Why Equipment Brand Extensions Go Wrong
Foodservice equipment manufacturers pursue many strategies in their quest for profits during difficult economic times. Some drop prices, hoping to make up in volume what they sacrifice in margins. Others add more bells and whistles to existing models to gain competitive advantages and avoid commoditization. Perhaps the most commonly adopted approach, however, is to introduce new product line-ups, to take market share from rivals by offering types of equipment hitherto not sold by a company. Unfortunately, this inn initiative can too often prove problematic. Here’s why.
First, there’s the risk of diluting a brand’s hard-won reputation for quality by extending it onto unfamiliar products. If a well-regarded smallwares maker, say, decides to introduce a line of hot holding cabinets or food preparation equipment, the traditional values of its products are not likely to transfer to the new offerings in the minds of customers. Then, if an established equipment manufacturer sets out to produce unfamiliar products, there are likely to be problems with build quality and component performance, customer support, maintenance and service information, and parts availability. Even training operators’ staff to use new types of equipment properly can cause difficulties, especially if the supplier cannot or does not employ qualified category experts.
Marketing products not previously associated with a brand also poses potential challenges, since manufacturers rarely understand fully what motivates end-users to buy such items from other suppliers. Is it price, performance, features, dimensions, service, ease of use or reliability? Or, most likely, is it some particular combination of all these attributes, equations of value that differ among operators in separate market sectors?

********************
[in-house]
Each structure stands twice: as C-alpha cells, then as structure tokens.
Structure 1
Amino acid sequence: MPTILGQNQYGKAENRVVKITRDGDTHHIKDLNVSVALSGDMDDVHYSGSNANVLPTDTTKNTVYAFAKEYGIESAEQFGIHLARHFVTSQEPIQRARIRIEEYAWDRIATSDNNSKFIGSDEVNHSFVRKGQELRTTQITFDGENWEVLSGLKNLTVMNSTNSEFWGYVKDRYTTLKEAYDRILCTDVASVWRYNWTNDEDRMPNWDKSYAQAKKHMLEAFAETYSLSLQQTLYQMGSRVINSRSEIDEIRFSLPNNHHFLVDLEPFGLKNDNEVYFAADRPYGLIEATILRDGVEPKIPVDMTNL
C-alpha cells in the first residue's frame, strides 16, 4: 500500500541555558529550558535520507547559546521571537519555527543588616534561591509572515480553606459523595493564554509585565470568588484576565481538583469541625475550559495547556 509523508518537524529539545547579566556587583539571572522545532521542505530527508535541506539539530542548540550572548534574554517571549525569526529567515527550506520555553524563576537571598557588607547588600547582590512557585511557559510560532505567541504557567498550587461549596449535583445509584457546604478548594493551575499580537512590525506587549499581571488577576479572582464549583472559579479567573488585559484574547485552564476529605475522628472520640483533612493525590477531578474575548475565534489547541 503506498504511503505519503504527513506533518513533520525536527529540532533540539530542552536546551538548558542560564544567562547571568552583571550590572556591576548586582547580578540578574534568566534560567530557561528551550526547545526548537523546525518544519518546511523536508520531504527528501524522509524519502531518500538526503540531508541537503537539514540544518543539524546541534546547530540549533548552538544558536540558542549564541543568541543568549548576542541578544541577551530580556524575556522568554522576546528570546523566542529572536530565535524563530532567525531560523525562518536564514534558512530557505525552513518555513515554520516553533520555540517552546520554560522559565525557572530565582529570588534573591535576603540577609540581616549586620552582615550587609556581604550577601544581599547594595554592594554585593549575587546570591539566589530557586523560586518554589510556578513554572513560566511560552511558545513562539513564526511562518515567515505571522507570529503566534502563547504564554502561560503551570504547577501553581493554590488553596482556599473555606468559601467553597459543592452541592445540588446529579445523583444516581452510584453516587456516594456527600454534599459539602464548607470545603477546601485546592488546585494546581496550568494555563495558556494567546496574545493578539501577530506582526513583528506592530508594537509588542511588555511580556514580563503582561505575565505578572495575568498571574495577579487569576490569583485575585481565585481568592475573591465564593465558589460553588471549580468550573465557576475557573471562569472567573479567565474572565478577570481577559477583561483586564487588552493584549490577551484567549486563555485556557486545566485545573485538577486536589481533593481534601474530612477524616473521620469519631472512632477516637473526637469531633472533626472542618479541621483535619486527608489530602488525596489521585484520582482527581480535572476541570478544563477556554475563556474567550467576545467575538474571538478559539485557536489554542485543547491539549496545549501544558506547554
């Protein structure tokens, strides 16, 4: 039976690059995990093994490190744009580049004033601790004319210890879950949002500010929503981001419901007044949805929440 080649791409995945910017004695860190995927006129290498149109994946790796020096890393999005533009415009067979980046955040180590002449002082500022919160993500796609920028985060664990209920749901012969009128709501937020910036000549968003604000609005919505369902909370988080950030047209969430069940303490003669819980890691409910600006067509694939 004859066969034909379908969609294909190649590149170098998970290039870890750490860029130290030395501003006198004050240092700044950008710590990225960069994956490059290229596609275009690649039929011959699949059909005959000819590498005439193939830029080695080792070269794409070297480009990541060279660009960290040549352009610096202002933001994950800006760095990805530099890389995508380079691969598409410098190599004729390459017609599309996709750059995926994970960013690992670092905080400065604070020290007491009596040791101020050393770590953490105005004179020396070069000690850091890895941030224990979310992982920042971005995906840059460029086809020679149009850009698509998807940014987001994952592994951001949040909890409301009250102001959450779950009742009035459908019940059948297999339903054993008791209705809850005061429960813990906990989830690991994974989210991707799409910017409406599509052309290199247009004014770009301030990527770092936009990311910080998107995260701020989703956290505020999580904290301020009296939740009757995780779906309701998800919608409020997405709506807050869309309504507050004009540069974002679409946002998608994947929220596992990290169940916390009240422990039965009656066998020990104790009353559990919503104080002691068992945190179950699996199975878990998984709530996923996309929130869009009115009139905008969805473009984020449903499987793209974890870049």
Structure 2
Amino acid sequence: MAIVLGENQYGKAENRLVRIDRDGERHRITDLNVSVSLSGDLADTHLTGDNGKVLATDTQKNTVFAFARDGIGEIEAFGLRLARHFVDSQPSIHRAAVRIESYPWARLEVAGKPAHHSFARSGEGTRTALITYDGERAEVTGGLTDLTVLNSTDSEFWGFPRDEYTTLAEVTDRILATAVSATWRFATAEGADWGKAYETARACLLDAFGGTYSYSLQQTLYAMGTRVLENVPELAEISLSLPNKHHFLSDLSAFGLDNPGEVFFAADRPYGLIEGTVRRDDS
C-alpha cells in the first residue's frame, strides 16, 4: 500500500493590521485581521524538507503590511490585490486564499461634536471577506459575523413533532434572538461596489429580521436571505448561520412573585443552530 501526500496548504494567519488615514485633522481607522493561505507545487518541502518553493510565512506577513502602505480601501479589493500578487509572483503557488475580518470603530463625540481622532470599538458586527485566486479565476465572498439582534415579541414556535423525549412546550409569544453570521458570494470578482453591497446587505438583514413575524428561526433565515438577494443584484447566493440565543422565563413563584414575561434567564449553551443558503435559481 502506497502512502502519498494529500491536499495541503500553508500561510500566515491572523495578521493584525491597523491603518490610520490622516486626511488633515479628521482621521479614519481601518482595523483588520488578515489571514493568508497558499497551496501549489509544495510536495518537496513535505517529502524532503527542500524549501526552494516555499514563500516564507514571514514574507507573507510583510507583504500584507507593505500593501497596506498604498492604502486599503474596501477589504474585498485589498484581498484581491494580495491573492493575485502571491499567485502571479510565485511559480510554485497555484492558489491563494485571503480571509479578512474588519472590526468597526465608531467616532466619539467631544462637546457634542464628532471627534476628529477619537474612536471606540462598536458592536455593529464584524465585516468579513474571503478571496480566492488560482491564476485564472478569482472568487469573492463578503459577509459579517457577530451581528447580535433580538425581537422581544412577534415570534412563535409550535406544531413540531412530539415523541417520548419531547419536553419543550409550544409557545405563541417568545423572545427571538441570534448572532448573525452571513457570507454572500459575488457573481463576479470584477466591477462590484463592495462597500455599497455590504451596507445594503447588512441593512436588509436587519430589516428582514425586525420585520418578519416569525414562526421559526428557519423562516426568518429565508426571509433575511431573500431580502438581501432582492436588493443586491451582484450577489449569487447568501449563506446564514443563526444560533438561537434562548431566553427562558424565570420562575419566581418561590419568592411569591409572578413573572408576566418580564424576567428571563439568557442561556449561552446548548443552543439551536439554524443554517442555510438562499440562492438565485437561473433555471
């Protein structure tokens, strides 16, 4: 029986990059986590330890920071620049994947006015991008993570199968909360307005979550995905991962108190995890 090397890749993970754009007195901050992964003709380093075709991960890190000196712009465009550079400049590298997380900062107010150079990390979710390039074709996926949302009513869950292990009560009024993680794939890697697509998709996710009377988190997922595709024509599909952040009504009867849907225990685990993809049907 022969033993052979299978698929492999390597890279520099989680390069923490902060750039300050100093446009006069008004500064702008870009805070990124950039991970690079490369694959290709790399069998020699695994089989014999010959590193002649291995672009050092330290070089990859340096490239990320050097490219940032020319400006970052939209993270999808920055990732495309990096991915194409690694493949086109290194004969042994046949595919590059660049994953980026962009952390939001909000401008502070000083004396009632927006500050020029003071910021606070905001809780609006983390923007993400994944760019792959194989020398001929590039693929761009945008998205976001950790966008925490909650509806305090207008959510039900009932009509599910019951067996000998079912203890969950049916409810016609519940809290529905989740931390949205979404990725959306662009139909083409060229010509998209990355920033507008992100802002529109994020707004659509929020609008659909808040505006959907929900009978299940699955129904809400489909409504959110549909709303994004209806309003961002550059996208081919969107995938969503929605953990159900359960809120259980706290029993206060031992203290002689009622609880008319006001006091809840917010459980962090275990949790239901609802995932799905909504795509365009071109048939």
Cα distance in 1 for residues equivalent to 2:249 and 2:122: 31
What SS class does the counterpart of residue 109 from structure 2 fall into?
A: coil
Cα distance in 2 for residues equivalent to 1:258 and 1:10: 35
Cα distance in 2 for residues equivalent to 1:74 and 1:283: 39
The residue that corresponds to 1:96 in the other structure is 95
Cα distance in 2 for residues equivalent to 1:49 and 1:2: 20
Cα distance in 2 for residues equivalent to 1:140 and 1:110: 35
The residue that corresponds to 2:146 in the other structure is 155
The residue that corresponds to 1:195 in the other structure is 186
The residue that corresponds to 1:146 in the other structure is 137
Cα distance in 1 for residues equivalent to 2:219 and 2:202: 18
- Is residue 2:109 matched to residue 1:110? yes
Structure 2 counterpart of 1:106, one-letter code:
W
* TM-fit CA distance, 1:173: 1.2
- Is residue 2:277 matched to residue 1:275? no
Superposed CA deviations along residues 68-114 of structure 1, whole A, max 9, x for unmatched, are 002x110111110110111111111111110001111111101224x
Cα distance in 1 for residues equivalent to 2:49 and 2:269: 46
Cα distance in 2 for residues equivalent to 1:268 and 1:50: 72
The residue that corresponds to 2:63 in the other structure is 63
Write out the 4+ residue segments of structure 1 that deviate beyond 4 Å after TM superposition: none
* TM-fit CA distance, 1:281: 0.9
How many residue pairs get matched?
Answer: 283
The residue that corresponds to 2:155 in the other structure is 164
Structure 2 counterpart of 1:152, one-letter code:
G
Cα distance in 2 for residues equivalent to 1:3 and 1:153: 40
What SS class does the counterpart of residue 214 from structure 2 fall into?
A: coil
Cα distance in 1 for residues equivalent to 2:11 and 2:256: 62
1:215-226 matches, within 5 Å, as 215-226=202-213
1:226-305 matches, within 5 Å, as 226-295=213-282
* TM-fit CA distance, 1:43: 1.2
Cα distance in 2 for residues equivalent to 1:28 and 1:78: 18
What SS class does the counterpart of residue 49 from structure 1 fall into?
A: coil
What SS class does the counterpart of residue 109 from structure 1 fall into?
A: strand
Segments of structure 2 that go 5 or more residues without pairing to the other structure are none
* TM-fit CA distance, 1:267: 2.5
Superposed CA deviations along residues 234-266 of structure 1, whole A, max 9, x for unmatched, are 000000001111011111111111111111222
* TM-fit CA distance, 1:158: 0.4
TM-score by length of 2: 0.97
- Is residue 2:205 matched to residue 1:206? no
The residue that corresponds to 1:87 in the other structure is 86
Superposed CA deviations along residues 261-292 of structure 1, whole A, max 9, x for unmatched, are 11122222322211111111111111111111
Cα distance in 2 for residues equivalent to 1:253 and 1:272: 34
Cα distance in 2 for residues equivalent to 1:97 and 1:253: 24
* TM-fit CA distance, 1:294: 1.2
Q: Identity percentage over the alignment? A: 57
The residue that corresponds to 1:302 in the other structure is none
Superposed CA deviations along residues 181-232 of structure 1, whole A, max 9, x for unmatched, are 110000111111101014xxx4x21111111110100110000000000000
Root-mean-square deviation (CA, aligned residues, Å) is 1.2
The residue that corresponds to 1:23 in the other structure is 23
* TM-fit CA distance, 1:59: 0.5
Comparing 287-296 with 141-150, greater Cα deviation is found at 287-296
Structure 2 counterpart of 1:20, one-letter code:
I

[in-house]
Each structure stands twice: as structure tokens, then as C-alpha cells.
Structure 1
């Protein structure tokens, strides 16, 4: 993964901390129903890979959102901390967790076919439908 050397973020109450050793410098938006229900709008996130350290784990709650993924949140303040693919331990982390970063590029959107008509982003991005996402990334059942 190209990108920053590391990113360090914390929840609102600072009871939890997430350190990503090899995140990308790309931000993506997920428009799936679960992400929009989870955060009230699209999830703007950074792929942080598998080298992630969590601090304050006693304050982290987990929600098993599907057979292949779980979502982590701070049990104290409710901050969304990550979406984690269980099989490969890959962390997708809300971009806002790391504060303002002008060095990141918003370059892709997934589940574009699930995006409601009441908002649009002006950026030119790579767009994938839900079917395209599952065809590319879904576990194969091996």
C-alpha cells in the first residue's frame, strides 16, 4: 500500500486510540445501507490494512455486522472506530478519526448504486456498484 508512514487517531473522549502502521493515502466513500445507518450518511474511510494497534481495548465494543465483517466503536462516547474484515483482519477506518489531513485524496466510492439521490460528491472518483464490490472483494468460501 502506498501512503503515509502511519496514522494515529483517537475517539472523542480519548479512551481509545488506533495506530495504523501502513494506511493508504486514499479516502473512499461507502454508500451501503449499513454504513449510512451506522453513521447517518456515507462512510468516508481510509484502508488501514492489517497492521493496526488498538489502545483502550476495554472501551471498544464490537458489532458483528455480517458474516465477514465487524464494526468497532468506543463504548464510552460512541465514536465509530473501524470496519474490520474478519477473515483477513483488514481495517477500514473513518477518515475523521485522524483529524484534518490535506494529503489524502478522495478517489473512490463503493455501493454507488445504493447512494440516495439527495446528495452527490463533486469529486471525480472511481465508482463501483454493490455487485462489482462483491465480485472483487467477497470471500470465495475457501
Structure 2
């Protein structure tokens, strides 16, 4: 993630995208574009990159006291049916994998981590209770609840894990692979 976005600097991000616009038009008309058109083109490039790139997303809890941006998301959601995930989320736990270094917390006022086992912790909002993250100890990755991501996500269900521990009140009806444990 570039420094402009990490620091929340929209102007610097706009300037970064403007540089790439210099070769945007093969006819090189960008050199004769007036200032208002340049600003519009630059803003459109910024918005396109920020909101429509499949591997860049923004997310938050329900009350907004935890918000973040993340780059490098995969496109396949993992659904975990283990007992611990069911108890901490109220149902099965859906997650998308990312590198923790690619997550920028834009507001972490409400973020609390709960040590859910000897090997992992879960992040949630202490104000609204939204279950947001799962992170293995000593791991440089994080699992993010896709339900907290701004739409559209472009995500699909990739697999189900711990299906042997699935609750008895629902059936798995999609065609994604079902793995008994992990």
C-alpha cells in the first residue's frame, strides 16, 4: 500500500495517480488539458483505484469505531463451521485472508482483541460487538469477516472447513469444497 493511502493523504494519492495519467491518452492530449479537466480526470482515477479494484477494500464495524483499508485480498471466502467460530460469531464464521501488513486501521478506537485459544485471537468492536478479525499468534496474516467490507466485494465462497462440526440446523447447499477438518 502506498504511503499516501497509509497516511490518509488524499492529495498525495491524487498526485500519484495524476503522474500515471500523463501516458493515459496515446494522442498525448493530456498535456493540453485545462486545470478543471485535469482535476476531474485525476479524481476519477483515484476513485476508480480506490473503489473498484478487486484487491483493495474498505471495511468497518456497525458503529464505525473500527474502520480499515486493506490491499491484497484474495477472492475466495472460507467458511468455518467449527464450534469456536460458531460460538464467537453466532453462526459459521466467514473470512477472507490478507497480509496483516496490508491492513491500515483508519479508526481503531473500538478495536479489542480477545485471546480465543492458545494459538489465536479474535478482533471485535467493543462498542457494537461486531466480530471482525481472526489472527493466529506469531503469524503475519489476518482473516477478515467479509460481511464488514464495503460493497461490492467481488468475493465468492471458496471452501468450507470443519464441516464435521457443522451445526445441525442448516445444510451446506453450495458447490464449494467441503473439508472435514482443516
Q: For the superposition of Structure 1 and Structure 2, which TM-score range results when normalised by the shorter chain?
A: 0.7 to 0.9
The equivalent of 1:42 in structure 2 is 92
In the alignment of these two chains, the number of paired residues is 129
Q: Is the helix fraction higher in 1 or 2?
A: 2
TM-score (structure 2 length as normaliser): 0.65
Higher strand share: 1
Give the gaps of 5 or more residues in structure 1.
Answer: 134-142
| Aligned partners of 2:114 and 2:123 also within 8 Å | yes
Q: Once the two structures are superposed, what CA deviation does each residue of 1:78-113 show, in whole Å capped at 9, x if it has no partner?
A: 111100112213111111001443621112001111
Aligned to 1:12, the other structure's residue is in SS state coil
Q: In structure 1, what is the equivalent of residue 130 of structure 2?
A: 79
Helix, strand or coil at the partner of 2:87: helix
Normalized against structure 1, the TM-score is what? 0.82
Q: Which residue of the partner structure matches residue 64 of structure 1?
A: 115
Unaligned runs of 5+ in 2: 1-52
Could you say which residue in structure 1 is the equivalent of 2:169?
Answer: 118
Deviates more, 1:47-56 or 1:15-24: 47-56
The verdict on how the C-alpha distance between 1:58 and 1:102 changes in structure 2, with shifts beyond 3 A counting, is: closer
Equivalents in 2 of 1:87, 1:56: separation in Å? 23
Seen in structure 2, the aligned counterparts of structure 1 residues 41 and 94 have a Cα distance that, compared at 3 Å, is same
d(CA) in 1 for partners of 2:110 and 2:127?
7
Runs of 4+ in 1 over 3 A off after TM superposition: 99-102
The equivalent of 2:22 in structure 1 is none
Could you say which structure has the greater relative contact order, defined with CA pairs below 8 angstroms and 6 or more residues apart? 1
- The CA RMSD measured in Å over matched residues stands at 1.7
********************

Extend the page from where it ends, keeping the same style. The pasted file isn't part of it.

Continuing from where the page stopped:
Another concern is distribution and representation. Which incentives will be required to induce dealers and reps to “pioneer” a manufacturer’s new product line? Will expanding into a new equipment category cause conflicts for channel partners with other suppliers or harm long-standing, profitable relationships?
It’s not that equipment and supplies providers shouldn’t venture into new areas of manufacturing and sales. E&S customers are always looking for new, better choices. But, as this article describes, the obstacles manufacturers must surmount – especially in an over-supplied market – can often mean that the effort is not worth the result.